Just as the title says, would it be correct to use “它” in a sentence like this "它在外面下雪了." or I could just say "在外面下雪了"？
The "it" in "it is snowing" does not refer to anything. It is there because a subject is needed in a declarative sentence in English. Chinese, however, is different in that subjectless declarative sentences are perfectly fine. When we try to translate a sentence such as "it is snowing", it's best to simply ignore the "it". You won't lose anything semantically.
It is snowing. 下雪了.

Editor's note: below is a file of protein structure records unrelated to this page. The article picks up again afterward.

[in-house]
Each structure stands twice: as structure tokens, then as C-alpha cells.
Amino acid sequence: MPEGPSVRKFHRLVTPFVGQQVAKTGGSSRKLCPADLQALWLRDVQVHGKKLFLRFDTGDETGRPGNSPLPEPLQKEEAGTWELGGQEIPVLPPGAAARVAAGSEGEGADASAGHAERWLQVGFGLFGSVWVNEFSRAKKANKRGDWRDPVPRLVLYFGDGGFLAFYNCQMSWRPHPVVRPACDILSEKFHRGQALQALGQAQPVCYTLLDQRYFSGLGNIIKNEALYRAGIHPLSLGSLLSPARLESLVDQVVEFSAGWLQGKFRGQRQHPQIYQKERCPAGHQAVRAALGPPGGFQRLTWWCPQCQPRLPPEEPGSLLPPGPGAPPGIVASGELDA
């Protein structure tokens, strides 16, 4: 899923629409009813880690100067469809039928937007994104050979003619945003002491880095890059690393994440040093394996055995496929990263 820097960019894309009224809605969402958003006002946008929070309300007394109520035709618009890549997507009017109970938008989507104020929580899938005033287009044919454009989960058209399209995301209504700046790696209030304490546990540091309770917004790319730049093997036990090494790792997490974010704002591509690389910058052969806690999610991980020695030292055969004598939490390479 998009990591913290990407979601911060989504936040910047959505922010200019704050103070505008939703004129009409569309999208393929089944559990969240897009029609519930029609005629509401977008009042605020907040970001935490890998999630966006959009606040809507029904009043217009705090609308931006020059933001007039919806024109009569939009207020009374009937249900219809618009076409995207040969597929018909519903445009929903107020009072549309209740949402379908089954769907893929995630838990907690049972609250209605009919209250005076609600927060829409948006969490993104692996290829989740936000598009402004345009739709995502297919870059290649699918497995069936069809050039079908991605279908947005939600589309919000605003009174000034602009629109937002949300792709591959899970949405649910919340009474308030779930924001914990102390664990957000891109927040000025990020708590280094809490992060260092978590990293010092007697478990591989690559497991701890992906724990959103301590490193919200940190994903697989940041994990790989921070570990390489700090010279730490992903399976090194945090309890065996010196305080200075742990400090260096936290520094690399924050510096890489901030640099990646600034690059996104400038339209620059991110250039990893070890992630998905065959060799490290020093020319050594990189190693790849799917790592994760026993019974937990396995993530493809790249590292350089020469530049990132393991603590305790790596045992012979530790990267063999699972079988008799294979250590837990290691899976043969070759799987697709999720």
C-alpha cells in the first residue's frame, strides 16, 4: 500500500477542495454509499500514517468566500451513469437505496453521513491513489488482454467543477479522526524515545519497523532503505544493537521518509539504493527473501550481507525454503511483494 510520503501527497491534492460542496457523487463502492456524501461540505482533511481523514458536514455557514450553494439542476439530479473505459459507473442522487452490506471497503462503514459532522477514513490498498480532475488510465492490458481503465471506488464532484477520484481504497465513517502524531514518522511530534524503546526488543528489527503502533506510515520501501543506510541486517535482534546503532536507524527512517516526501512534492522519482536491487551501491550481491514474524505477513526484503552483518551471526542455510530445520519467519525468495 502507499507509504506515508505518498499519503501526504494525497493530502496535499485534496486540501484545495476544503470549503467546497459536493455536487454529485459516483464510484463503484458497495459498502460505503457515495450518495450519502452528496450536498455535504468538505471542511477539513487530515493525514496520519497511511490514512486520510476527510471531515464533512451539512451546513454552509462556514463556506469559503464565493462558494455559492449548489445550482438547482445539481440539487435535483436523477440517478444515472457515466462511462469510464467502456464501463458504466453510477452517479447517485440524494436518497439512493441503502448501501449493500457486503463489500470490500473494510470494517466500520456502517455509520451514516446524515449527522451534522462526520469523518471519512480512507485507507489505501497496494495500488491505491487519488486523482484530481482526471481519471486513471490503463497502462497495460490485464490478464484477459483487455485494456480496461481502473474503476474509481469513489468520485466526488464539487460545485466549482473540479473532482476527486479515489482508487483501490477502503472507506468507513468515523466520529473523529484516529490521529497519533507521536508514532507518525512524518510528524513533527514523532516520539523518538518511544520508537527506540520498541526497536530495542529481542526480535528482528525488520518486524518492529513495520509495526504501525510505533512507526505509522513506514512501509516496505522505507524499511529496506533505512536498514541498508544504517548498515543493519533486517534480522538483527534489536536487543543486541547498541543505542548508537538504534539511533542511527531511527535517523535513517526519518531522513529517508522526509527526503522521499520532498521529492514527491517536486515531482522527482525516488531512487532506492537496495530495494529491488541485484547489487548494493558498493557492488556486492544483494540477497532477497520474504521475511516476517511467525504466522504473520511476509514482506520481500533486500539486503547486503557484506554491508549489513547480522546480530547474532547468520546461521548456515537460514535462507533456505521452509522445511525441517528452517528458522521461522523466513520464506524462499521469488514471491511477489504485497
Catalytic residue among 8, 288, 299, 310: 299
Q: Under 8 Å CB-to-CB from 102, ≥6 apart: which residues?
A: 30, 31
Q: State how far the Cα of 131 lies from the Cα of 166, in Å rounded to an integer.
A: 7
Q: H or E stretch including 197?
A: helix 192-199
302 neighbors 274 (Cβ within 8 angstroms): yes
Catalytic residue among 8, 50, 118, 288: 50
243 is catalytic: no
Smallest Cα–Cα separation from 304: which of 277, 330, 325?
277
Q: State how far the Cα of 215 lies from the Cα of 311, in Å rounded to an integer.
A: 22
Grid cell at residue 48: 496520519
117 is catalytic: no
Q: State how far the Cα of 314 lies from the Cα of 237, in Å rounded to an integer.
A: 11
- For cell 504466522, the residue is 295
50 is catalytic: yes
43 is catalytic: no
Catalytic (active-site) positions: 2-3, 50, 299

It is snowing outside. 外面下雪了.
In English, 'it' refers to 'weather' in "it's snowing outside."
In Chinese, we interpret this 'it' as '天', since 天 could refer to 天气（weather） in this setting.
(外面)天正在下雨 // it's raining outside
(外面)天正在下雪 // it's snowing outside
(外面)天正在刮风 // it's windy outside
今天，天（气/儿）很好！ // today, the whether is good!
However, 天 could be omitted most of time. They will become:
外面正在下雨 // it's raining outside
外面正在下雪 // it's snowing outside
外面正在刮风 // it's windy outside
今天，天（气/儿）很好！ // in this case, 天 can not be omitted. Otherwise, there is no clue for what subject is being talked.
Your issue with 它在外面下雪了 is:
you should replace 它 with 天。
外面 is used as adv or adj, so 外面 itself is ok. No need 在.
the sentence order; you could consider 外面 as 外面(的)天， so 天(S) + 下雪(V)+ 了(C) . 外面（的） serves as an adj. to modify 天. So, either 外面(的)天下雪了 or 外面下雪了 works.